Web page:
Study: High blood pressure linked to lower risk for Alzheimer's disease

A new study suggests that people with a genetic predisposition to high blood pressure have a lower risk for Alzheimer's disease. [More]
Small intestine causes chronic inflammation in obese patients

Small intestine causes chronic inflammation in obese patients

Obesity is caused by numerous and complex factors, some of which are as yet unsuspected. Scientists from the CNRS, INSERM, UPMC and Université Paris Descartes, working with research clinicians from Paris Public Hospitals (AP-HP) have now shown that severe obesity is accompanied by inflammation of the small intestine and enhanced immune response in that region. [More]
WSU research provides new strategies for prevention, treatment of obesity

WSU research provides new strategies for prevention, treatment of obesity

Washington State University scientists have shown that berries, grapes and other fruits convert excess white fat into calorie-burning "beige" fat, providing new strategies for the prevention and treatment of obesity. [More]
IDIBELL researchers identify potential treatment for type 2 diabetes

IDIBELL researchers identify potential treatment for type 2 diabetes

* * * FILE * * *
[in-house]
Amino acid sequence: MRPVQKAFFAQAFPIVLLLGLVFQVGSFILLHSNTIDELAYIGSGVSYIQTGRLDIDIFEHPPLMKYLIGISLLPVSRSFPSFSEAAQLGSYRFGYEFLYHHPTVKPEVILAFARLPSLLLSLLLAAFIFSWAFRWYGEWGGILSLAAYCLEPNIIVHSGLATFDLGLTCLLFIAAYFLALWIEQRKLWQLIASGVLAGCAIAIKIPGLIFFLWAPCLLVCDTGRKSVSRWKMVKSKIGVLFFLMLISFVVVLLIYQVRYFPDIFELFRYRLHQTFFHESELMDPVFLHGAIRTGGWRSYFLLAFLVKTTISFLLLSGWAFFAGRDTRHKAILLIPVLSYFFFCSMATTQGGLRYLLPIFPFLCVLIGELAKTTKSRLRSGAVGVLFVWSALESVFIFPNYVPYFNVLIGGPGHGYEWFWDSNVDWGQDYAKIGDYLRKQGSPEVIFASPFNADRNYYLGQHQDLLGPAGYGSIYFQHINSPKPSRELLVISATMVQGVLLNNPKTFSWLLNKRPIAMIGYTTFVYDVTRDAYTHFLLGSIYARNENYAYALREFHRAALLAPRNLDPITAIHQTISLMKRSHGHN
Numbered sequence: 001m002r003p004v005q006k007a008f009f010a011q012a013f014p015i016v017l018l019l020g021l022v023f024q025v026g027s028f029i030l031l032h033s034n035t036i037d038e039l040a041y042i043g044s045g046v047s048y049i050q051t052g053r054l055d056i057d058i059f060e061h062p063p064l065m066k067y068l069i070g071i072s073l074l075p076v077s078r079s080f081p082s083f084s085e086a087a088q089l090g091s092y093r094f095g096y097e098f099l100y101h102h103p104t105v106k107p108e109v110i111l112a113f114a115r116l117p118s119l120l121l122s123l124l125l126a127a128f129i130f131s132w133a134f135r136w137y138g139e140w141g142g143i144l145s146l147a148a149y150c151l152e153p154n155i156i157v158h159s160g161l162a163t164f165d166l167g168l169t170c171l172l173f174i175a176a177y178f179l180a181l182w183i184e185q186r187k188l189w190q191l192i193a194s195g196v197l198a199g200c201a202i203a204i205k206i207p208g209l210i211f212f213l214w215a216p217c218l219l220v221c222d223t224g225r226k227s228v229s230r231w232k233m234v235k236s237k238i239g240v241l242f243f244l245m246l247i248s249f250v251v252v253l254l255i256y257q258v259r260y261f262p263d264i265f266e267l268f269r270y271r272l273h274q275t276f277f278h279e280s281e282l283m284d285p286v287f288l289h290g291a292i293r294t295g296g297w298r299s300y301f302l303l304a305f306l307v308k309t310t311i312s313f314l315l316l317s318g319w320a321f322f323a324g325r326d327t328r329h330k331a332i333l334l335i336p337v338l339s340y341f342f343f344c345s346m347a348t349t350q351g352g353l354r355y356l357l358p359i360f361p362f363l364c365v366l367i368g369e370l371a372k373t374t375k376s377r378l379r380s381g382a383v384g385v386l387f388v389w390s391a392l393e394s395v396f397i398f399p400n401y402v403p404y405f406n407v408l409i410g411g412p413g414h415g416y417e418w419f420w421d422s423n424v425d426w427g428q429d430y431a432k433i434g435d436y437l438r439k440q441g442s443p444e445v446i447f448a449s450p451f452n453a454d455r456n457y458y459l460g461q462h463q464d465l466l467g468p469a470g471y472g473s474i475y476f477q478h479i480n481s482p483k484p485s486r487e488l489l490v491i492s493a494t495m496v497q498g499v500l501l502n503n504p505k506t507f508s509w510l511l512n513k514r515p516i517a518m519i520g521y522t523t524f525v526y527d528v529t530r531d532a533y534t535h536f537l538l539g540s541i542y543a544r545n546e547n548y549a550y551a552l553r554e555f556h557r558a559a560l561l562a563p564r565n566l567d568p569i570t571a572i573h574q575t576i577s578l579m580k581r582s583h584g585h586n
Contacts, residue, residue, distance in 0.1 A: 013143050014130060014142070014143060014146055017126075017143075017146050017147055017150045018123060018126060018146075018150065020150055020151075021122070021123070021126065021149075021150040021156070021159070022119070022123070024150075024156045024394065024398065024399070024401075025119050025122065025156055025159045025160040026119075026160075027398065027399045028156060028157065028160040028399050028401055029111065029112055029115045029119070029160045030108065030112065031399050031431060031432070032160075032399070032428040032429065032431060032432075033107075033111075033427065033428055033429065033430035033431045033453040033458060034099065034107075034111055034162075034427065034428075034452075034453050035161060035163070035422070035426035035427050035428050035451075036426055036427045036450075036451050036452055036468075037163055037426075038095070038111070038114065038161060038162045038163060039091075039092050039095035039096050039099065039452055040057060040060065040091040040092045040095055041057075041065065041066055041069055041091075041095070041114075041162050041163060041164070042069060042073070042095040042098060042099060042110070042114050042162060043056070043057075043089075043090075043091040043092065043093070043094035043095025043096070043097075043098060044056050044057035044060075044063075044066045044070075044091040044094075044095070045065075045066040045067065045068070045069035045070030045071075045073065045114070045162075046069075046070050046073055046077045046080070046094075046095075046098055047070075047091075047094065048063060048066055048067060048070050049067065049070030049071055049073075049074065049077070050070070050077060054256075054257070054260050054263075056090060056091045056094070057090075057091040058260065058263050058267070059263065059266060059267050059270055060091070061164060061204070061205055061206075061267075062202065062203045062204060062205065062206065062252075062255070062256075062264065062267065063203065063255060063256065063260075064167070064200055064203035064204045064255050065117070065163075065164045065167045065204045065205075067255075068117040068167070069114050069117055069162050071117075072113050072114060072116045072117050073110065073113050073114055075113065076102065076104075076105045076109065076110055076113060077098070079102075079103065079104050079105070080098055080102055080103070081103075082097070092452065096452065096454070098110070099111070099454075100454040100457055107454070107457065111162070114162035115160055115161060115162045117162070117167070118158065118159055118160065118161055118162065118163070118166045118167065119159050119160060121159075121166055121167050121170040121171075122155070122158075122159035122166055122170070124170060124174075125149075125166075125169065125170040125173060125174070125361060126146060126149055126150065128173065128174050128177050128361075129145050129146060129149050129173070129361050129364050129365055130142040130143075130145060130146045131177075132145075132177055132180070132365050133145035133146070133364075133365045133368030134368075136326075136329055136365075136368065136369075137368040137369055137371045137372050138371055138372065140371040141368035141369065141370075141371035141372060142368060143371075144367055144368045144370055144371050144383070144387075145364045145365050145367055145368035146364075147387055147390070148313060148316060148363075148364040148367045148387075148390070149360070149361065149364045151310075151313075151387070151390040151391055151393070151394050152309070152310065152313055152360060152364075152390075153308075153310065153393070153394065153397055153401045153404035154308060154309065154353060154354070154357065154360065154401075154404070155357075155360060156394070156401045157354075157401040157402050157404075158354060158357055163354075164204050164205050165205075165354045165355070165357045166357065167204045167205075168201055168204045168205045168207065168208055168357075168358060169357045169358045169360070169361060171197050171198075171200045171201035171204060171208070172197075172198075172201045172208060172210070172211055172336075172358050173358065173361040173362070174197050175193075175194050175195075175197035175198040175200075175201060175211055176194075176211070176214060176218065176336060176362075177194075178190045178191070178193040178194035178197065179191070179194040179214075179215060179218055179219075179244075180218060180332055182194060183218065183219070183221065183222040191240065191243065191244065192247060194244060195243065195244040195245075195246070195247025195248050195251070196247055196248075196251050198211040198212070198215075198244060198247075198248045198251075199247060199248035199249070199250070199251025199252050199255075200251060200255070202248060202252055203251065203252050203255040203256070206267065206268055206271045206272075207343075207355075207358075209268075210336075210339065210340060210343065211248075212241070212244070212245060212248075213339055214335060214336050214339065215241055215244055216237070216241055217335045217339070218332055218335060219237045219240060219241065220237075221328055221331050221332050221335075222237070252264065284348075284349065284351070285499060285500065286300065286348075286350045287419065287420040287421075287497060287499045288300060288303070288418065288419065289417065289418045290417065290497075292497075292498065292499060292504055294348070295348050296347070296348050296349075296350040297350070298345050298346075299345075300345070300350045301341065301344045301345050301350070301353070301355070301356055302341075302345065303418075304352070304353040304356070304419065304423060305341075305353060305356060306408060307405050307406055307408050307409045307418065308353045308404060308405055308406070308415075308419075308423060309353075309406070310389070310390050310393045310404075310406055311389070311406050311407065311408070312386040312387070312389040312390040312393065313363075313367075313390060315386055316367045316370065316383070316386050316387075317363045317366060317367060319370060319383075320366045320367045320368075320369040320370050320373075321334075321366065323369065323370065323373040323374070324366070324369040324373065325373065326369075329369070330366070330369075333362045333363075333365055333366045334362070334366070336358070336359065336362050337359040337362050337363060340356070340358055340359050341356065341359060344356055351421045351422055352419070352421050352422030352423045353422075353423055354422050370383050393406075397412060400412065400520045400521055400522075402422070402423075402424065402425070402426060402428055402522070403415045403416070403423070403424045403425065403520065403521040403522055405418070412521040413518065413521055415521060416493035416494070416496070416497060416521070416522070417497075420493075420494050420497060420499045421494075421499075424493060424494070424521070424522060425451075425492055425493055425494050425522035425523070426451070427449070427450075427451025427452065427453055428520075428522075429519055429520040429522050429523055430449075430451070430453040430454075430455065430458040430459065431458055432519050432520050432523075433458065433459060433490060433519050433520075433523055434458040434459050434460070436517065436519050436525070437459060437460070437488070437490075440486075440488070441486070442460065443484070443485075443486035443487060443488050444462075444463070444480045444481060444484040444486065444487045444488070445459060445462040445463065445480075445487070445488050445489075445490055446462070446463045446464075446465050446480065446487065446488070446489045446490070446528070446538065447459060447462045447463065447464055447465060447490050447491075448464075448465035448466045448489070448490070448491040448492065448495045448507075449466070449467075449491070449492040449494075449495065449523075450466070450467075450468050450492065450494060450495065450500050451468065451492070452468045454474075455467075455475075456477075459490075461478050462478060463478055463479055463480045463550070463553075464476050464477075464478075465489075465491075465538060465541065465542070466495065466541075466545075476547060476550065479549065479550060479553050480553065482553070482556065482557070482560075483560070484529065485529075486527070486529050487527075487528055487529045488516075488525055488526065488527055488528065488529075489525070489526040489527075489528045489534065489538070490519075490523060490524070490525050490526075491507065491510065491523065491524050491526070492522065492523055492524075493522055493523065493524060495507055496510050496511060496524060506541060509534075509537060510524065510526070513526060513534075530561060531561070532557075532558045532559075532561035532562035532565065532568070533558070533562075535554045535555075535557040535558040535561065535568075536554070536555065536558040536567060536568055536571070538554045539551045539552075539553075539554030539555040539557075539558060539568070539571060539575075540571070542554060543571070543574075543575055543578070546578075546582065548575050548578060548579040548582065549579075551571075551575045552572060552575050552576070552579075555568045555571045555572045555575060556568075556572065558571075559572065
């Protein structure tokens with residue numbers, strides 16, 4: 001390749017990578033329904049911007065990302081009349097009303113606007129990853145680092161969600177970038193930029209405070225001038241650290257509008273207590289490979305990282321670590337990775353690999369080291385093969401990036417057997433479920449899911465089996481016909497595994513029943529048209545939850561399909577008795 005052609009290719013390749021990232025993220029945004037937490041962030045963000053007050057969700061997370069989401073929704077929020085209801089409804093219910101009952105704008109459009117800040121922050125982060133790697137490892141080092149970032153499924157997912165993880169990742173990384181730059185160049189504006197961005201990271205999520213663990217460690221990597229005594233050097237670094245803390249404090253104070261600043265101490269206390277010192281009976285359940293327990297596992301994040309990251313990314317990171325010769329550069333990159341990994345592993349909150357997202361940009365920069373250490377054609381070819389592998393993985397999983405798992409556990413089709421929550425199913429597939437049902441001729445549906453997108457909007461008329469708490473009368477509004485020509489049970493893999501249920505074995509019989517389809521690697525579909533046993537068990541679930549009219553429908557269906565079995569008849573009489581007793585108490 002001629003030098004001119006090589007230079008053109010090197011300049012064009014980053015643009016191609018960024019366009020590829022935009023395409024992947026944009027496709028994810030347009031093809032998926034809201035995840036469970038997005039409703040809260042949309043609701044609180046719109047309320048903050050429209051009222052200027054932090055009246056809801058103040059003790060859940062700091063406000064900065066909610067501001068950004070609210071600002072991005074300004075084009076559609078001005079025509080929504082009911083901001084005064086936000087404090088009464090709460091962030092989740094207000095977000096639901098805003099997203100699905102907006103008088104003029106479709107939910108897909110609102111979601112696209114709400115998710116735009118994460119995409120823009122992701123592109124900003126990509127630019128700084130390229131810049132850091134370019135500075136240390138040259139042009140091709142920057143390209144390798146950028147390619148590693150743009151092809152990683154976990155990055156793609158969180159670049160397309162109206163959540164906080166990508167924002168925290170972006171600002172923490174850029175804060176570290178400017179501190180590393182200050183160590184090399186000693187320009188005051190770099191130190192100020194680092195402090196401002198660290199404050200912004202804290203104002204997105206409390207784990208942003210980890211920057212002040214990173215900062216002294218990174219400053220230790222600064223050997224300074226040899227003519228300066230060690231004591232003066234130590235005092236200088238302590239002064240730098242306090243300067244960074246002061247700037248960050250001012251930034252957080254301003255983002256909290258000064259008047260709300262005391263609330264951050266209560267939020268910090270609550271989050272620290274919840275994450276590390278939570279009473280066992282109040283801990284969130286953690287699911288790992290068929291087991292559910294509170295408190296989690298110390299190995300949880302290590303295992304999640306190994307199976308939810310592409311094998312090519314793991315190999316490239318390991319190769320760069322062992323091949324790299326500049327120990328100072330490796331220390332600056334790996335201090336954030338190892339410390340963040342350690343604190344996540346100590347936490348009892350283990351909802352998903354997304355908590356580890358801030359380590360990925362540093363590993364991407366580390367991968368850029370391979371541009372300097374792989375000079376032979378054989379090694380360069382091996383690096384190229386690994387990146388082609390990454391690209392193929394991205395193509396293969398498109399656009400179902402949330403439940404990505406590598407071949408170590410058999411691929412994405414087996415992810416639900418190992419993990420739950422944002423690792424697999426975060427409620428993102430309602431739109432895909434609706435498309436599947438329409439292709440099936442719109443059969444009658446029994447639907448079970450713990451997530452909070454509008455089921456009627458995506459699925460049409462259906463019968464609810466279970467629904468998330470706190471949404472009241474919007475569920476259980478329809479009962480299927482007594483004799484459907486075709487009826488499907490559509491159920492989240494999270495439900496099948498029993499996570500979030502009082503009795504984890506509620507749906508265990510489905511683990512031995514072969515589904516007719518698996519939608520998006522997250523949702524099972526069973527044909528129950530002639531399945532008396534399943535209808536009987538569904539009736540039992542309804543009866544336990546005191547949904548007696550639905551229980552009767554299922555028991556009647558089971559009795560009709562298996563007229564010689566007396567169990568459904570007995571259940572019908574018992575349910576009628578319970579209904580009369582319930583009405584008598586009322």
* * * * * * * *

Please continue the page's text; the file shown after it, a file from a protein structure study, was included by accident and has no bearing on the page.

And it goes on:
Currently, there are more than 350 million type 2 diabetics and according to the World Health Organization (WHO) by 2030 it will be the 7th leading cause of death worldwide. [More]
Higher consumption of dietary trans fatty acids may affect memory

Higher consumption of dietary trans fatty acids may affect memory

Higher consumption of dietary trans fatty acids (dTFA), commonly used in processed foods to improve taste, texture and durability, has been linked to worsened memory function in men 45 years old and younger, according to a University of California, San Diego School of Medicine study published online on June 17 in PLOS ONE. [More]
High fructose consumption can lead to uncontrolled growth of cardiomyocytes, heart attack

High fructose consumption can lead to uncontrolled growth of cardiomyocytes, heart attack

'Walk through any supermarket and take a look at the labels on food products, and you'll see that many of them contain fructose, often in the form of sucrose (table sugar)' -- that's how Wilhelm Krek, professor for cell biology at ETH Zurich's Institute for Molecular Health Sciences, summarises the problem with today's nutrition. [More]
Study reveals new information about role of abdominal fat in teens with CAH

Study reveals new information about role of abdominal fat in teens with CAH

Researchers at Children's Hospital Los Angeles have demonstrated that adolescents and young adults with congenital adrenal hyperplasia (CAH) have significantly increased amounts of abdominal fat tissue, placing them at greater risk for harmful conditions linked to obesity, including cardiovascular disease (CVD). [More]
Combining lifestyle modification with metformin could help women manage polycystic ovary syndrome

Combining lifestyle modification with metformin could help women manage polycystic ovary syndrome

A systematic review publishing today in the journal Human Reproduction Update has found that women who suffer from polycystic ovary syndrome (PCOS) could manage some of the symptoms by combining a change in lifestyle with taking the drug metformin. [More]